This week I will be presenting a workshop called "Positive Psychology Interventions for Adults and Children with ASD" with Dr. Katherine Dahlsgaard and Tim Wilson at the Pennsylvania Psychological Association's annual convention. The convention serves psychologists and psychology students in Pennsylvania.
As the title indicates, our workshop will focus on using positive interventions in working with individuals and groups on the autism spectrum. Positive interventions (based on positive psychology, the scientific study of strengths: http://www.ppc.sas.upenn.edu/) are tools that can help a person think more creatively and more openly, enhance mood, and build self-esteem. For example, one of the interventions we talk about is simply monitoring positive moods--taking the time each day to pay attention to positive moods when they occur (even if they are fleeting) and focusing on what they feel like physically (the stretch of a smile on your face) and internally (slower, clearer thoughts; flow of creative ideas).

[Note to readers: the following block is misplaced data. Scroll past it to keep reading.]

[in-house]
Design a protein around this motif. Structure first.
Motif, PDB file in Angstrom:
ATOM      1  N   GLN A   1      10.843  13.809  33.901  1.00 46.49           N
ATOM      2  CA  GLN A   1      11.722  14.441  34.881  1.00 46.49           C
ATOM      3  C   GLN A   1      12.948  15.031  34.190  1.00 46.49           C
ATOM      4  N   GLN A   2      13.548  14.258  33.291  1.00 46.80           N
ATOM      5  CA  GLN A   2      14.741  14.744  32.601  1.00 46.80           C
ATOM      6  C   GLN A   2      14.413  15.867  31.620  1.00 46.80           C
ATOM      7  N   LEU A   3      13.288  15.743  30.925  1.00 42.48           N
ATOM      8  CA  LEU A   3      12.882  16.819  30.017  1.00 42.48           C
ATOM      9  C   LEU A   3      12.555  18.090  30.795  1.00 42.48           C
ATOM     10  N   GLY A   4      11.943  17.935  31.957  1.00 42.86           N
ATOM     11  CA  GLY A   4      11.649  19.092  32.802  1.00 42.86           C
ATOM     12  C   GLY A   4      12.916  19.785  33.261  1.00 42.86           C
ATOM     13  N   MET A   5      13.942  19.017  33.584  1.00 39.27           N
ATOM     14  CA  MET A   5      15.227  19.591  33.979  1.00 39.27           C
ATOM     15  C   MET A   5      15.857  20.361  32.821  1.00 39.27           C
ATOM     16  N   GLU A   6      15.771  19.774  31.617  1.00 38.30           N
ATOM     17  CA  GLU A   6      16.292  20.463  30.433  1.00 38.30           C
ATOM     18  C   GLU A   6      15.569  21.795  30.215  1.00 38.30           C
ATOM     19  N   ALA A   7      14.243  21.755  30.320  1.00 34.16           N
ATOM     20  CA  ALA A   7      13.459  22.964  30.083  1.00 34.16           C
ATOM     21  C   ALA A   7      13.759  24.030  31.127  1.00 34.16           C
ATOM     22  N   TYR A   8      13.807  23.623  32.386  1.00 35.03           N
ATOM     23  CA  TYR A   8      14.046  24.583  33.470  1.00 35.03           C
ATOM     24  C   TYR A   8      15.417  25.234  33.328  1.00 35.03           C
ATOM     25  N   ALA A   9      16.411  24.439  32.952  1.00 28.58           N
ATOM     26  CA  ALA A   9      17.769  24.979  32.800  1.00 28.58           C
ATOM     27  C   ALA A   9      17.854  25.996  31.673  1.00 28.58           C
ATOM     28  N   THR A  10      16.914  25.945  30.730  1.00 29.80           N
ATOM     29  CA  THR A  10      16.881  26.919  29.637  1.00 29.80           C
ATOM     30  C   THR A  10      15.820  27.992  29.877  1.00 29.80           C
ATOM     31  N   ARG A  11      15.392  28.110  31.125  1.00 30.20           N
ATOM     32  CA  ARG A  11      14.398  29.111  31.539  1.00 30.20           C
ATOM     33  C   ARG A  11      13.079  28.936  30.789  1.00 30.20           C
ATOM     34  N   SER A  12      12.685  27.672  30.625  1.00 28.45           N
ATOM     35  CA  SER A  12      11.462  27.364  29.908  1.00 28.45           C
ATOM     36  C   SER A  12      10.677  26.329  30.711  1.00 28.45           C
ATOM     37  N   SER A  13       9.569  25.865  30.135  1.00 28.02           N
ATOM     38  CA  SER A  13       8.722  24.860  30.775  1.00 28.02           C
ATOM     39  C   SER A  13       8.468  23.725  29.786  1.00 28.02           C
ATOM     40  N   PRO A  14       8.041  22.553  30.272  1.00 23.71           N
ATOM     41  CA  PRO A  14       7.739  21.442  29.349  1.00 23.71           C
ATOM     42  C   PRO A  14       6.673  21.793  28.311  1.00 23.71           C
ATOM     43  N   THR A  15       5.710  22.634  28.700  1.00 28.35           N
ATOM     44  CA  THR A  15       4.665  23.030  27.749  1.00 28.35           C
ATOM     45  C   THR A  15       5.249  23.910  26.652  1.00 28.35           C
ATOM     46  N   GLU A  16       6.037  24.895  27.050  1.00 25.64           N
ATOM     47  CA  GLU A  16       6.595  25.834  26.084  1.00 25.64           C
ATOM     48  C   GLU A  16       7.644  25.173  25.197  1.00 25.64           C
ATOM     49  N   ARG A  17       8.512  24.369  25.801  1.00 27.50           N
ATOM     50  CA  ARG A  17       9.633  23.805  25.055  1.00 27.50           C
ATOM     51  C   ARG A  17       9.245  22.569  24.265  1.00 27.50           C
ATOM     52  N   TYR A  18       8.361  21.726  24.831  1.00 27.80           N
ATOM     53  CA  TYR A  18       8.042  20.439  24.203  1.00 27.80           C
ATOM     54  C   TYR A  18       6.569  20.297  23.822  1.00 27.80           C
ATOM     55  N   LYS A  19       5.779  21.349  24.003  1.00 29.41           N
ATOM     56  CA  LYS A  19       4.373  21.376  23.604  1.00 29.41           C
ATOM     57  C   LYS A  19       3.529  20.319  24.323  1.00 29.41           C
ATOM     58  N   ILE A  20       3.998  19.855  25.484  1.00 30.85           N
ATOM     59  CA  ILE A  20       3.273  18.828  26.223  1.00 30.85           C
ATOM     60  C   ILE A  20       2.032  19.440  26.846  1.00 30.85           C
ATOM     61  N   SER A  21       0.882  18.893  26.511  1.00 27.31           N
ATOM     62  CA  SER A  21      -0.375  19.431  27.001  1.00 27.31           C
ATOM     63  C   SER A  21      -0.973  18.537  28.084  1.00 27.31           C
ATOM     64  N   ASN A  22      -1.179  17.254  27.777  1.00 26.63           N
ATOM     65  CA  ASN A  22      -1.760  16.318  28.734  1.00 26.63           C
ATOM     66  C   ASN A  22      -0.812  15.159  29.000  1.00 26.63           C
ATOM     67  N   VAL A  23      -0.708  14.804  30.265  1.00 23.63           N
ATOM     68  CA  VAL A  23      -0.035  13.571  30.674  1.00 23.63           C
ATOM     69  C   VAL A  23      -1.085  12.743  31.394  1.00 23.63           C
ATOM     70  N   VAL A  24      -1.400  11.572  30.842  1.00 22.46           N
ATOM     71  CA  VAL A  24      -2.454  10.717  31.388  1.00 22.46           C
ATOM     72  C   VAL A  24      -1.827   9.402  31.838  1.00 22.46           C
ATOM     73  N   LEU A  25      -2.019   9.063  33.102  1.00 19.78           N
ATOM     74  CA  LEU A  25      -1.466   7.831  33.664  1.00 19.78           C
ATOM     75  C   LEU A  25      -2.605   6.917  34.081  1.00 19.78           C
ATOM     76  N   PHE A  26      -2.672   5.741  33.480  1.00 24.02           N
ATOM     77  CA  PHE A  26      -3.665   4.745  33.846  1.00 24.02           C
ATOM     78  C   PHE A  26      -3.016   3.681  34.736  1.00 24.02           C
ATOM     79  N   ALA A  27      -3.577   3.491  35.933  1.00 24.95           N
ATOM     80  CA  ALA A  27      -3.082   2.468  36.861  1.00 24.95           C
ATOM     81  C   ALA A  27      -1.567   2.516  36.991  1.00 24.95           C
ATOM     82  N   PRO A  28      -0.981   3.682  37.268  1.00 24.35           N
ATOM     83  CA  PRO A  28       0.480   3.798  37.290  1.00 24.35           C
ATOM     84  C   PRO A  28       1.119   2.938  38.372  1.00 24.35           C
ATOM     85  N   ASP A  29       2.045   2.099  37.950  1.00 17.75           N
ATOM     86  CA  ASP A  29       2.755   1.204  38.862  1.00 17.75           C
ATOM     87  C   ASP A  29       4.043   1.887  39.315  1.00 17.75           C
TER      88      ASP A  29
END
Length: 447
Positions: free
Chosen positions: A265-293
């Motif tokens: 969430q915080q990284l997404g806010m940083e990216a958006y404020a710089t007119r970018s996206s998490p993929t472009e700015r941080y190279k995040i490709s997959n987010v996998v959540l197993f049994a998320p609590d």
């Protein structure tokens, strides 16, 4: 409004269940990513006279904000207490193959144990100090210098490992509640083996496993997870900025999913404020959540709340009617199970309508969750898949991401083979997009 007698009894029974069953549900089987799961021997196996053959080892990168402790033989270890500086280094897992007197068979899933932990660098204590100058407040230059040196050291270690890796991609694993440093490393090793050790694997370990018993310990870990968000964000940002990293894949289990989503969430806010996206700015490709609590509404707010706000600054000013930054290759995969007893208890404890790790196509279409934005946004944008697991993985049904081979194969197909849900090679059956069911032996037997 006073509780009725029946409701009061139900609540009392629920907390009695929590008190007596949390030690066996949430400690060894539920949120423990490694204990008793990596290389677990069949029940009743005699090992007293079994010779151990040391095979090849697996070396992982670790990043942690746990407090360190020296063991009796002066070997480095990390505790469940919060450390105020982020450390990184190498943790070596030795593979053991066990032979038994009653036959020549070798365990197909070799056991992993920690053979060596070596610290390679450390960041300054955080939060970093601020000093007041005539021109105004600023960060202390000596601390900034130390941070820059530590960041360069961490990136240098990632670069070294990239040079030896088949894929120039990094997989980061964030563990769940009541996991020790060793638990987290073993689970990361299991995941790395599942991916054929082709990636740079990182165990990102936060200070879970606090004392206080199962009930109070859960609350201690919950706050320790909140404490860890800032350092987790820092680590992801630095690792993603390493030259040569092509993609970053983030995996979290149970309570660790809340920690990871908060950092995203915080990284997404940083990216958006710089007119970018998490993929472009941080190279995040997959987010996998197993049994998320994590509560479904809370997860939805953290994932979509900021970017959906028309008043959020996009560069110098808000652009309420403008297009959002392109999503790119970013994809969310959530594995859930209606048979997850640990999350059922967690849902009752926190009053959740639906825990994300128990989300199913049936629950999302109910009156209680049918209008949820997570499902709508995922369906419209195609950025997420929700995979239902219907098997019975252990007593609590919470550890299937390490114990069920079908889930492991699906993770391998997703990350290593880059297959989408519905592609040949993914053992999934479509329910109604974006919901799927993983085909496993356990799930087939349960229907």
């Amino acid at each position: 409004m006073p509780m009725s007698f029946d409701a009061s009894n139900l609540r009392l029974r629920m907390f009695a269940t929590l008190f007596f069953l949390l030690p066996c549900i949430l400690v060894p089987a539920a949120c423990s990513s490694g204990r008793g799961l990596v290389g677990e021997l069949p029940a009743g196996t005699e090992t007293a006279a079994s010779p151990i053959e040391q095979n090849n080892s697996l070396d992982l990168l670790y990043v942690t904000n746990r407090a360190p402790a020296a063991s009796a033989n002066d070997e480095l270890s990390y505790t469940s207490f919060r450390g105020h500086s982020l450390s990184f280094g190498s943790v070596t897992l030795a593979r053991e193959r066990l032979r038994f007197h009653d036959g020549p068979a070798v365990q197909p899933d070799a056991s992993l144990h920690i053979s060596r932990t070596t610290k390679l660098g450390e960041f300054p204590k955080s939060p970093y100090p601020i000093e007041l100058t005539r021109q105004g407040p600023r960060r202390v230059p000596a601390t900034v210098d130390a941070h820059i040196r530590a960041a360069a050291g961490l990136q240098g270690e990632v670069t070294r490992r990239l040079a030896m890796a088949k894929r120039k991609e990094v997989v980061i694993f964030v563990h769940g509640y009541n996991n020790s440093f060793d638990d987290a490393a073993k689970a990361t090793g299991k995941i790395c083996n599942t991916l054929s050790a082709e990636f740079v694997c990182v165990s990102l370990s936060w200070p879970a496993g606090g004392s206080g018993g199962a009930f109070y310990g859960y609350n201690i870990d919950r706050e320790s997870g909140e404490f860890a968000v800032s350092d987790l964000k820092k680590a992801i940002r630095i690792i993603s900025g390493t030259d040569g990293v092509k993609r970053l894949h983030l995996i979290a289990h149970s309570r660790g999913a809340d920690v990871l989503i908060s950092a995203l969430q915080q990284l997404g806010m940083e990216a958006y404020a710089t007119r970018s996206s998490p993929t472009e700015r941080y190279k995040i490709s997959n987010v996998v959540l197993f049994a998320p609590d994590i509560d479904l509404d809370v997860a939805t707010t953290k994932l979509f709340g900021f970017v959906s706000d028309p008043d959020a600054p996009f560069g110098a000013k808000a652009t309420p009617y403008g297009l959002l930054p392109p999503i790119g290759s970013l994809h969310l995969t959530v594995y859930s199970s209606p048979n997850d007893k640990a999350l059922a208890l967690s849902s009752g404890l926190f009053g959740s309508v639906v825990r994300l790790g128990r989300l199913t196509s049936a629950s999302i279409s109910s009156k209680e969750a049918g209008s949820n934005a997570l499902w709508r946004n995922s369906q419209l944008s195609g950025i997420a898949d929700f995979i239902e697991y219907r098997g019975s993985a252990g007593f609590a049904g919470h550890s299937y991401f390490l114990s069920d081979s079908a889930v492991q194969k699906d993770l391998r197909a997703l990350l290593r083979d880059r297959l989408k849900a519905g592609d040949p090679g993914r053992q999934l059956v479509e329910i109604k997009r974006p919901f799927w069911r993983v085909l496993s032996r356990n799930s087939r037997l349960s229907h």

Positive psychology and positive interventions often seem very simplistic in explanation, yet when they are exercised they can be profoundly effective.
What do you think of the notion of focusing on the positive in therapy (not exclusively, but sometimes)? What do you think about using these methods with kids, adolescents, and adults on the autism spectrum?